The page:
Noninvasive prenatal detection of chromosomal aneuploidies using different next generation sequencing strategies and algorithms


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Abstract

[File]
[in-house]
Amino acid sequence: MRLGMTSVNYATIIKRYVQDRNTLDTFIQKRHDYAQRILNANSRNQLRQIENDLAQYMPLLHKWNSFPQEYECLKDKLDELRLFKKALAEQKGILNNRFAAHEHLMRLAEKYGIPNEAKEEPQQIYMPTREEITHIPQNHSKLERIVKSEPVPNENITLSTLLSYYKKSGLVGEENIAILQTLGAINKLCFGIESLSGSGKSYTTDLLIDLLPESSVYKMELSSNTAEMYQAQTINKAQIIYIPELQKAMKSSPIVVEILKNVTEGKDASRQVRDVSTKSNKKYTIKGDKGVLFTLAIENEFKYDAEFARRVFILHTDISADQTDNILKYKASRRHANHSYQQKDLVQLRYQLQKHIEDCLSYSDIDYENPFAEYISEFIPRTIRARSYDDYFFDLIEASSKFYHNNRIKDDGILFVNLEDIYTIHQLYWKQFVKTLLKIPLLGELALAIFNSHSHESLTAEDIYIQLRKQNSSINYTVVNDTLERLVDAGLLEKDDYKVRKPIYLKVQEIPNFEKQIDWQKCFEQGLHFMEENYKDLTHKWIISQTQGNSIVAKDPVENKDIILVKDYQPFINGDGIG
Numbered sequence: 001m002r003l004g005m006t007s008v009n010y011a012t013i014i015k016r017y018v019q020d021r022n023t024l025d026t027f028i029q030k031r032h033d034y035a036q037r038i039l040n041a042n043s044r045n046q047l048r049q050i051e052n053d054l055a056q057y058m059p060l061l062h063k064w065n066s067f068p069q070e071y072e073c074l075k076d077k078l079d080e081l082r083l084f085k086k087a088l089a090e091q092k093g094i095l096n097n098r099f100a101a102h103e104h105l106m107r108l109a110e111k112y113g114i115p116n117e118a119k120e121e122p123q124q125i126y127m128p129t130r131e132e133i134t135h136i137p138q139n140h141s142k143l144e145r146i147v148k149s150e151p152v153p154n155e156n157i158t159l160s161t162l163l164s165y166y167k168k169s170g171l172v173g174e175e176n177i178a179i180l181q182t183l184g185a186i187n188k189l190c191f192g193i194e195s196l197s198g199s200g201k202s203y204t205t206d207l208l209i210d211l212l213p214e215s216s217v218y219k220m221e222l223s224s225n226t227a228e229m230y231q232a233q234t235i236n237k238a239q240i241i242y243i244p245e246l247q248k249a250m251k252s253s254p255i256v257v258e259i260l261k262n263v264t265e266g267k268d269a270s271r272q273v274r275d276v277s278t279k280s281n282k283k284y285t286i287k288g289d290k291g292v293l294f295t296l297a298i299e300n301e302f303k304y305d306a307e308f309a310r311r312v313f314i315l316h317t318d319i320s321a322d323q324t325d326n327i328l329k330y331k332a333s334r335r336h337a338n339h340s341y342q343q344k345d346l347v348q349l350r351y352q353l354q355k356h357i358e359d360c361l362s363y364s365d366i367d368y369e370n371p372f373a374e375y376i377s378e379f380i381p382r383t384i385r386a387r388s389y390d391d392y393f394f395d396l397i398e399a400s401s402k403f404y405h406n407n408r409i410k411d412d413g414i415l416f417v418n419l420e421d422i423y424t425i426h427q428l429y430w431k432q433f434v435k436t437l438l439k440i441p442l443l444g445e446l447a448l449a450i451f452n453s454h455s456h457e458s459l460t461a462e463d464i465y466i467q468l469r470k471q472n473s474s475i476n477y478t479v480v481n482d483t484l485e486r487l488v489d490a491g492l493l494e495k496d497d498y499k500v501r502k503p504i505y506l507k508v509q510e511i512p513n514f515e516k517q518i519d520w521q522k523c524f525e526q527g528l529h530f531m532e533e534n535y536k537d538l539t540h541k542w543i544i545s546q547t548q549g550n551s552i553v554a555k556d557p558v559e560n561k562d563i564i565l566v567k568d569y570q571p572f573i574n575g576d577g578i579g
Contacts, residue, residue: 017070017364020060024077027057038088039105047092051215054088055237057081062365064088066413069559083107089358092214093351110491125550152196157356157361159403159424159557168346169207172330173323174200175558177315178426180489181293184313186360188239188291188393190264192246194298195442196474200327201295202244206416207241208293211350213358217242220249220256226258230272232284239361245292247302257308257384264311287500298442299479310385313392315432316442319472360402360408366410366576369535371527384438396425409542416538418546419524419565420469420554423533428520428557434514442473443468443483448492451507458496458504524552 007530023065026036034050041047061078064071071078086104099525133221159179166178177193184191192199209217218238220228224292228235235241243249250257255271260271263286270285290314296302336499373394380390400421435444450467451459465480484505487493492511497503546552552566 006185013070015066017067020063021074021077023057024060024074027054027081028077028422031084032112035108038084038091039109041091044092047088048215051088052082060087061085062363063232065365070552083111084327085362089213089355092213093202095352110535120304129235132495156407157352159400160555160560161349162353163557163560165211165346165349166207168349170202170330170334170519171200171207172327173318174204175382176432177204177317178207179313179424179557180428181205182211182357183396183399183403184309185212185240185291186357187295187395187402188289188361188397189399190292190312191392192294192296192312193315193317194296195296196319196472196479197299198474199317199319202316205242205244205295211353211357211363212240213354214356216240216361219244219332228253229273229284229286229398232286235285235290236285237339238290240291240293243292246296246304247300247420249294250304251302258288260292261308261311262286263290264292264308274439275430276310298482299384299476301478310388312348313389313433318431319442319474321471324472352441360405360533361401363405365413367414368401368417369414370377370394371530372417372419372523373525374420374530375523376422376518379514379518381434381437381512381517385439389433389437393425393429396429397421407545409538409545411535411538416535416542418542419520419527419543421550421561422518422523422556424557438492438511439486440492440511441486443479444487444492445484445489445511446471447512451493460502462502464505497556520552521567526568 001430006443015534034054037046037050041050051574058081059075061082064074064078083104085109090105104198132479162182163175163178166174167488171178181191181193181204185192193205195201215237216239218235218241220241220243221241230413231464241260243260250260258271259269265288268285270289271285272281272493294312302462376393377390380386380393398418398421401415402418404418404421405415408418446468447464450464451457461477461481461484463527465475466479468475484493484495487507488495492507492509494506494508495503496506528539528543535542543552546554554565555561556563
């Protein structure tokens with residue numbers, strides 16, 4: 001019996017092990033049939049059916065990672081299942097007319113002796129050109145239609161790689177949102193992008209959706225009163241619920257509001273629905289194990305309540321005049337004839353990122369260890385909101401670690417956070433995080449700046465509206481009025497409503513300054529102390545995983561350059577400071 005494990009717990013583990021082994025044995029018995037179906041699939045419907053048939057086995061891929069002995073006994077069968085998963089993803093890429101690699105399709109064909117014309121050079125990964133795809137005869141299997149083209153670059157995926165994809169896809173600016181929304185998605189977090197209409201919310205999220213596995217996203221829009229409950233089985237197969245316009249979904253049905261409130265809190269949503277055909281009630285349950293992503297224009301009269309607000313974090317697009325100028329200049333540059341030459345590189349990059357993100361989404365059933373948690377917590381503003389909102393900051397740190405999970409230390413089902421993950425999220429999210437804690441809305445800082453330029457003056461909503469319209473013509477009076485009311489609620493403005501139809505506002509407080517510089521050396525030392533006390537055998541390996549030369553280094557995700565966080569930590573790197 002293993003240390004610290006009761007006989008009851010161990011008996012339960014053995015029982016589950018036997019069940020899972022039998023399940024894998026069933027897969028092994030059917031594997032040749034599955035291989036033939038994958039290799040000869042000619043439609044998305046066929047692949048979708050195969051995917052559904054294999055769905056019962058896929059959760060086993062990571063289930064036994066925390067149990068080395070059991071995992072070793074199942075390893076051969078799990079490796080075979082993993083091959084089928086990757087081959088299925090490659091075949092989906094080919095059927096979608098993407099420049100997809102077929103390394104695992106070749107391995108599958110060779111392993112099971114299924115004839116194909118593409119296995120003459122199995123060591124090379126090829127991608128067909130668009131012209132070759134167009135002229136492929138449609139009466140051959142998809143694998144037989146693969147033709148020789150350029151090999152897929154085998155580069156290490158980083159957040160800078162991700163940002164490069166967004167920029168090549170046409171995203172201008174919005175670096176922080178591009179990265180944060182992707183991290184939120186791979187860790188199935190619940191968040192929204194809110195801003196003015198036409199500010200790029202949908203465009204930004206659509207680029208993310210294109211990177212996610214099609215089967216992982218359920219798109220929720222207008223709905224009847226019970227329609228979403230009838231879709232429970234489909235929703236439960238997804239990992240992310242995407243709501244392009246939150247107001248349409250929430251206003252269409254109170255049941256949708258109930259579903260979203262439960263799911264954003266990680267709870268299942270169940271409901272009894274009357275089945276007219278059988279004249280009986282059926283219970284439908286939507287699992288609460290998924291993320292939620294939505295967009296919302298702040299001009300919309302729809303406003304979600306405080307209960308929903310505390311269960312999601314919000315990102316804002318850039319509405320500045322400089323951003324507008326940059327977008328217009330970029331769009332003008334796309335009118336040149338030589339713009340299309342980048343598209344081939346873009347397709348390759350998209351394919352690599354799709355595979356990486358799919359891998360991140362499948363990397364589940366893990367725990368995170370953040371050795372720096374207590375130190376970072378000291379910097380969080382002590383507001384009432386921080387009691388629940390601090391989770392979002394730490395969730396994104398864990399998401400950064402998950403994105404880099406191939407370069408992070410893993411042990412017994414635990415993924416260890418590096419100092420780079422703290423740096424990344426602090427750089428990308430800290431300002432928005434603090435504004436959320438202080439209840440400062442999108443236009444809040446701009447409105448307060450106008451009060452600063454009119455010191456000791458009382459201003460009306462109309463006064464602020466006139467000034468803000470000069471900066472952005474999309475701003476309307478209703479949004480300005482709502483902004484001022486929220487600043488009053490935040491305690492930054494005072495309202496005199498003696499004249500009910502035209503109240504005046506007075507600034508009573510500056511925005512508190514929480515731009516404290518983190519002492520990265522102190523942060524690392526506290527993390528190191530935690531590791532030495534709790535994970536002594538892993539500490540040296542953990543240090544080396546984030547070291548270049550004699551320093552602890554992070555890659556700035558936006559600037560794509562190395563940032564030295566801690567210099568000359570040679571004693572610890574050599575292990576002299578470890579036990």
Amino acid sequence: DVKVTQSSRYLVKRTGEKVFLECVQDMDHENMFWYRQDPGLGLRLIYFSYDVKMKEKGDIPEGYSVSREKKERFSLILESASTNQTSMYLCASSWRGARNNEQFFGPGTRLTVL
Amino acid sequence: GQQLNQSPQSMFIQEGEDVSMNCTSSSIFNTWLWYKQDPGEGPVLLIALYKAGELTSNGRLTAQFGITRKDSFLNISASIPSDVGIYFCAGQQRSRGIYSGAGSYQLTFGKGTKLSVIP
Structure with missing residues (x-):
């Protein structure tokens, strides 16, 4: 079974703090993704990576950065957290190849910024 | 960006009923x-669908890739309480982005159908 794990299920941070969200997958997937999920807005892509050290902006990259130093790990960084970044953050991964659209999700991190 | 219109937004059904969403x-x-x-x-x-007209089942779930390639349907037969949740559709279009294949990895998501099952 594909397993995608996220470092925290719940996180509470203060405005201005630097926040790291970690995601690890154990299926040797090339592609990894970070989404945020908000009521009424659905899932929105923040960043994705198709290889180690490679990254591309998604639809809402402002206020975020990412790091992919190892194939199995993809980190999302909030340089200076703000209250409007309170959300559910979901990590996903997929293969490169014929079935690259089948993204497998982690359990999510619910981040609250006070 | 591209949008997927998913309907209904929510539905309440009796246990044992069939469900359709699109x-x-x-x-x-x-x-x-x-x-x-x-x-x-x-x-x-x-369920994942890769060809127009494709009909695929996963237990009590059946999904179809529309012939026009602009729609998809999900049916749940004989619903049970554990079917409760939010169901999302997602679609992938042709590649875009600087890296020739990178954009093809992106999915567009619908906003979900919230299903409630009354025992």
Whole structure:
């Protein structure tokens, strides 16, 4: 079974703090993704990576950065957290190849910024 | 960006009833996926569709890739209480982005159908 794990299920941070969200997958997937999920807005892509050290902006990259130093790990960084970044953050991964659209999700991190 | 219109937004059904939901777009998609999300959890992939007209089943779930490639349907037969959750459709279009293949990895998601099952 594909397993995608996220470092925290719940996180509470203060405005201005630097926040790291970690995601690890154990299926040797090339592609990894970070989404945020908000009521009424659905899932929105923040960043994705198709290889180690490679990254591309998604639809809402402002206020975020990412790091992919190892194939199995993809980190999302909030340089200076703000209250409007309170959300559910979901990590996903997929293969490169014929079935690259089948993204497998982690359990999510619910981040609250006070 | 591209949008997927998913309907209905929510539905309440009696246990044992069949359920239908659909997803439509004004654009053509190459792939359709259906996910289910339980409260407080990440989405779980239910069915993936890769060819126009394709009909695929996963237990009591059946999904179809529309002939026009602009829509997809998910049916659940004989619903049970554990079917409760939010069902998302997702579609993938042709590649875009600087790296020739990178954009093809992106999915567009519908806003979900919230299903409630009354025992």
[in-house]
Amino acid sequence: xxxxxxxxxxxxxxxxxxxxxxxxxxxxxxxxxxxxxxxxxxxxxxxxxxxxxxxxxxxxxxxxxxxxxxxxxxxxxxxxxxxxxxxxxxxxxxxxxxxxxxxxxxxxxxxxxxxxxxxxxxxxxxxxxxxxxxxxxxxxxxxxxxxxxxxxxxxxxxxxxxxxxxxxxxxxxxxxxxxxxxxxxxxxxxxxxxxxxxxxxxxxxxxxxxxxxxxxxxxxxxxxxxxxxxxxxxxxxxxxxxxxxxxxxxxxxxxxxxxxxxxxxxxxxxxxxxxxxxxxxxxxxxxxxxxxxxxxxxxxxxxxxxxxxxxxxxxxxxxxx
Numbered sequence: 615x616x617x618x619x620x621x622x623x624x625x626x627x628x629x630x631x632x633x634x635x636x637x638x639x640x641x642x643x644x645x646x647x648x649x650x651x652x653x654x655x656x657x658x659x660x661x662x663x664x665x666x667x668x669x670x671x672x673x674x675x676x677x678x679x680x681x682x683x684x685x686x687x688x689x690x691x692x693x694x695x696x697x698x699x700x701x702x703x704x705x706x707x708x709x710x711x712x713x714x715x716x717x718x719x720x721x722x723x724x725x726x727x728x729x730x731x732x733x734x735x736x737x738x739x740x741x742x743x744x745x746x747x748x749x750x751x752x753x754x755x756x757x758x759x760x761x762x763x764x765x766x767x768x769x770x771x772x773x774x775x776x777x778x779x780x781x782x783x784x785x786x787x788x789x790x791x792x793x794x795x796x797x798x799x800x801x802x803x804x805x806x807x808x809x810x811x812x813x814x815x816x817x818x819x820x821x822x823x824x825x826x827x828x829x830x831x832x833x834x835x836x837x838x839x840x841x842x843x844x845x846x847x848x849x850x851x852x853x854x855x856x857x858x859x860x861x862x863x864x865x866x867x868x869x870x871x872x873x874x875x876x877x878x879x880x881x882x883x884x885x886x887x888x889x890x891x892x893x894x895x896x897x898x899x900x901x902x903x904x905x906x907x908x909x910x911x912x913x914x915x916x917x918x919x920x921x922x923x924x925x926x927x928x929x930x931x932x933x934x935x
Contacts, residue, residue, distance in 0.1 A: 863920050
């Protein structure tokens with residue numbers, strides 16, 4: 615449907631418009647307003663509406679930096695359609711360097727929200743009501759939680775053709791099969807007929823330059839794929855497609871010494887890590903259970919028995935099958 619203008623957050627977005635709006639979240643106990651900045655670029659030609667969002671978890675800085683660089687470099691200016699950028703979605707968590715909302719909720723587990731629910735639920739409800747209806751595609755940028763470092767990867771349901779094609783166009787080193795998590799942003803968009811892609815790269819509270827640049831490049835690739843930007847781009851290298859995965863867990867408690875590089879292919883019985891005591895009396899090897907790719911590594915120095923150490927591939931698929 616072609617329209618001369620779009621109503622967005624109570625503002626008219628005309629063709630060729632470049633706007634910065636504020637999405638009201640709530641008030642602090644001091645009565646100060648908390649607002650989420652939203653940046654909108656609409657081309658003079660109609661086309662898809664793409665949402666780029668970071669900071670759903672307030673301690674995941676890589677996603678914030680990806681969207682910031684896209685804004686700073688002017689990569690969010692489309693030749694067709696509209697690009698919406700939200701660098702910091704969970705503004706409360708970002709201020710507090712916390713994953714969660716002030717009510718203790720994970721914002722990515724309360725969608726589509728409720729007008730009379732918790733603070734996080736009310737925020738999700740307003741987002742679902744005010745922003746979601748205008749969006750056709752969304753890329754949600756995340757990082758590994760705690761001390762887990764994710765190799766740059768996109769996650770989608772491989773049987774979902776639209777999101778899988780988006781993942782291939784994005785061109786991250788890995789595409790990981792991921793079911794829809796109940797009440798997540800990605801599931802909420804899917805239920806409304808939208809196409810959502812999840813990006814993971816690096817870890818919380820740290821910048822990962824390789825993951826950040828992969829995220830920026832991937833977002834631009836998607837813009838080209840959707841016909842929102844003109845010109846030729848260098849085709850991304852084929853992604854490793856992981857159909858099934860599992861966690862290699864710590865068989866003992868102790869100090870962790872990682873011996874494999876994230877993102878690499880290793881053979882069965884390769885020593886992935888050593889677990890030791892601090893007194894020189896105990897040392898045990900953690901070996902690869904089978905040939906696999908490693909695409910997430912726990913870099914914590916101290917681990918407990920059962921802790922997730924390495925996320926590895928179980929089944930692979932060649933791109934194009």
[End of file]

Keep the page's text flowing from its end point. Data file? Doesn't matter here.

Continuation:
ObjectiveHere we describe the successful application of massively parallel sequencing for noninvasive prenatal detection of trisomy 21. In addition, for the detection of a broader spectrum of fetal aneuploidies, a target enrichment approach was successfully tested.MethodsThe circulating cell-free DNA was prepared from 53 maternal blood samples and analysed using Illumina's sequencing systems Genome AnalyzerIIx and HiSeq2000, respectively. In a first experiment the SureSelect Target Enrichment System was tested.ResultsIn our initial study analysing 42 samples on the Genome AnalyzerIIx, all eight samples from women carrying a trisomy 21 fetus were correctly identified. On the basis of our HiSeq2000 sequence data, we discussed new algorithms for detection of fetal trisomy 21. In addition, we successfully used the combination of a target enrichment system followed by sequencing and were able to identify fetal trisomy 13 and fetal trisomy 21.ConclusionsOur results confirm previous reports that massively parallel sequencing of cell-free fetal DNA allows the reliably noninvasive detection of trisomy 21 from maternal blood with the potential to enhance test selectivity and specificity by bioinformatic means. According to our preliminary results, targeted sequencing might be an alternative strategy to detect chromosomal aneuploidies besides trisomy 21. © 2012 John Wiley & Sons, Ltd.

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